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Engineering CELLS,
   Engineering RESPONSES


Bugs Making Drugs

The Microbial Cells Group aims to develop high yielding processes through engineering of improved vectors and host strains. Utilizing "-omics" based techniques to understand the regulation of metabolism and protein synthesis, the group will work on strategies to enhance product yield and quality in Escherichia coli and Pichia pastoris. The group also has experience developing vectors that couples stringent control of expression with non-chemical induction methods such as hypoxia.

Our research focus creates opportunities to provide expertise and to collaborate with other groups and industry in the production of molecules for proof-of-concept studies. Synergies have already been initiated within BTI to establish antibody fragment and phage production platforms to support the Downstream Processing Group, to explore their use as potential therapeutics and to serve as antigens to raise antibodies.

Working with the Molecular Engineering Laboratory, we express and characterize natural proteinaceous materials that possess intriguing combination of properties not found in synthetic materials. There are also on-going cross-council projects on microbial antibody based biosensors for on-chip diagnostics and rapid detection of cells and therapeutic markers.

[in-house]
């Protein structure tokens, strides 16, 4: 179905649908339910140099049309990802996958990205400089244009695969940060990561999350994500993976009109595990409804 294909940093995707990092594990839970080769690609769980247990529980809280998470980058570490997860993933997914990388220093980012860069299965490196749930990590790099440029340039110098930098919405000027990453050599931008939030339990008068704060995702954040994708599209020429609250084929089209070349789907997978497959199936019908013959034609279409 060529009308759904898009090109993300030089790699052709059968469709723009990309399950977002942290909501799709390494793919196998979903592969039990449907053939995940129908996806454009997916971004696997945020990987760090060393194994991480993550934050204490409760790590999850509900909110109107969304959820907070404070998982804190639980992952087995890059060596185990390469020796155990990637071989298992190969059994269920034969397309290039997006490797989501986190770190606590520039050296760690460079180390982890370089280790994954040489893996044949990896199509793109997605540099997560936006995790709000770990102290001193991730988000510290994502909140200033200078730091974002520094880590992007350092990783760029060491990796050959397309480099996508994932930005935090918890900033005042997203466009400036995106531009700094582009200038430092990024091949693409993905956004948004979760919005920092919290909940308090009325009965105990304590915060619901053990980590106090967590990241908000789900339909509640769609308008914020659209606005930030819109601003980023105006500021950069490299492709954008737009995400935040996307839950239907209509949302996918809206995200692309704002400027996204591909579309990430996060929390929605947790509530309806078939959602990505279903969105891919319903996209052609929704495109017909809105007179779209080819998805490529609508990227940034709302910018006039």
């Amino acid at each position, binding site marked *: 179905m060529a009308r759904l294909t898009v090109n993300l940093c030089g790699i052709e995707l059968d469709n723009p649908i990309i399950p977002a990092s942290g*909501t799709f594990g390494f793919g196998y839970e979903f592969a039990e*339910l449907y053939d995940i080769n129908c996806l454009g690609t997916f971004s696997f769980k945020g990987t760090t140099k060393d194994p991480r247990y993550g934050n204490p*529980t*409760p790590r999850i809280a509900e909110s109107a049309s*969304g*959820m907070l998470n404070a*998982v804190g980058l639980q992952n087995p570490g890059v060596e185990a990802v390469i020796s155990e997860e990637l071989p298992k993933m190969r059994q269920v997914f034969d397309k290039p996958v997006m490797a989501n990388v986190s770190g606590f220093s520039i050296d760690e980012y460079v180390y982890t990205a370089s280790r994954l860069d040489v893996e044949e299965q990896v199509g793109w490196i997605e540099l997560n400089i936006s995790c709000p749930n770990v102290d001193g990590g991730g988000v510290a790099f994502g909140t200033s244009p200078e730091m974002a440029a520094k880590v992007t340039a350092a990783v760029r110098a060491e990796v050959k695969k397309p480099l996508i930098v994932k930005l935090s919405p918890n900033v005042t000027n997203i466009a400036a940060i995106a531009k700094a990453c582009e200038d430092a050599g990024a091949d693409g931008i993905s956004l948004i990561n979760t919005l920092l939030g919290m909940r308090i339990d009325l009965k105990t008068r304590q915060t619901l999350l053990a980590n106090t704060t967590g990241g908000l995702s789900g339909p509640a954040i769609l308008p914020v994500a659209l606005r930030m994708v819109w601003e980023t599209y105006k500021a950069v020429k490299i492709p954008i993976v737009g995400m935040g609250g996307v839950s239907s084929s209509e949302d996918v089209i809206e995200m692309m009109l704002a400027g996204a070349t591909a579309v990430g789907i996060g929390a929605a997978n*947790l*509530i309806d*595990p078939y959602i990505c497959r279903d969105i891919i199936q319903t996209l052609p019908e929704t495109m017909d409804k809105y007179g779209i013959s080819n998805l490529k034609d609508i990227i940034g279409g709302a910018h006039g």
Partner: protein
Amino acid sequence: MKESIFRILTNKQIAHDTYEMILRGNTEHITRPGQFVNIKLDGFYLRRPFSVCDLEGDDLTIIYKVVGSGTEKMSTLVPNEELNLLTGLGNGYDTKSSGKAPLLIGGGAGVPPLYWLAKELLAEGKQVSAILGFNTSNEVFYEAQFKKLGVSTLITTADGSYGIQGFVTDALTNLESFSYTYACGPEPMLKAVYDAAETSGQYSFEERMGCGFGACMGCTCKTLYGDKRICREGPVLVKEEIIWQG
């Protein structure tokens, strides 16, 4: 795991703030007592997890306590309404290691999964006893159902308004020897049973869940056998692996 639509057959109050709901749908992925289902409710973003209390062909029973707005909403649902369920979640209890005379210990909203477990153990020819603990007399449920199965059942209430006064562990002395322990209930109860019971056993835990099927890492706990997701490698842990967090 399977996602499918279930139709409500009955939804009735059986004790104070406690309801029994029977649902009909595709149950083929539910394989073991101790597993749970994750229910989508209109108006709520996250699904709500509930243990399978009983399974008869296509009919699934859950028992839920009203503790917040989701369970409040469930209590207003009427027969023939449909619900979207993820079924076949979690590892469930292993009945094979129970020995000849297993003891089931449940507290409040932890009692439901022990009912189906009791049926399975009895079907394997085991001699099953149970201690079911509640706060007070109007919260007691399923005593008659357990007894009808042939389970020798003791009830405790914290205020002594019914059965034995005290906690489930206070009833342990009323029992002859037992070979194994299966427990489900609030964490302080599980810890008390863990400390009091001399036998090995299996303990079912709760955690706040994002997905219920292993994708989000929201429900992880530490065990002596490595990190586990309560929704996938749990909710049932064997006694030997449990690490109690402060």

Dr. Dave Ow

PhD in Integrative Sciences and Engineering (2007), National University of Singapore, Singapore

Research Focus/Interests
  • Analysis of cellular phospho-signaling and metabolic networks using a systems-level proteomics and transcriptomics approach
  • Development of acoustically driven microfluidic devices for biological applications
  • Metabolic engineering and production of recombinant proteins and DNA plasmids from microbial cells

Dr. Lim Hong Hwa

PhD in Neurochemistry (1991), Institute of Neurology, University of London

Research Focus/Interests
  • Regulation of cell division with specific focus on execution and maintenance of the checkpoint controls
  • Developing yeast Saccharomyces cerevisiae as a cell-based screening tool
    - Engineering yeast strain to study and manipulate metabolic pathways
    - Antibody display in yeast

Dr. Candice Yam

PhD in Biological Sciences (2014), Temasek Life Sciences Laboratory, National University of Singapore

Research Focus/Interests
  • Regulation and maintenance of the DNA damage checkpoint pathway in yeast
  • Engineering yeast strains to screen for small molecules against human diseases and cancers

Dr. Richie Tay

PhD in Engineering Sciences (2018), Harvard University, USA

Research Focus/Interests
  • Probiotic surface display for biomedical applications

Year 2015

    Gajendra P. Singh, Shireen Goh, Michelangelo Canzoneri and Rajeev J. Ram (2015) Raman spectroscopy of complex defined media: biopharmaceutical applications. Journal of Raman Spectroscopy 46: 545–550

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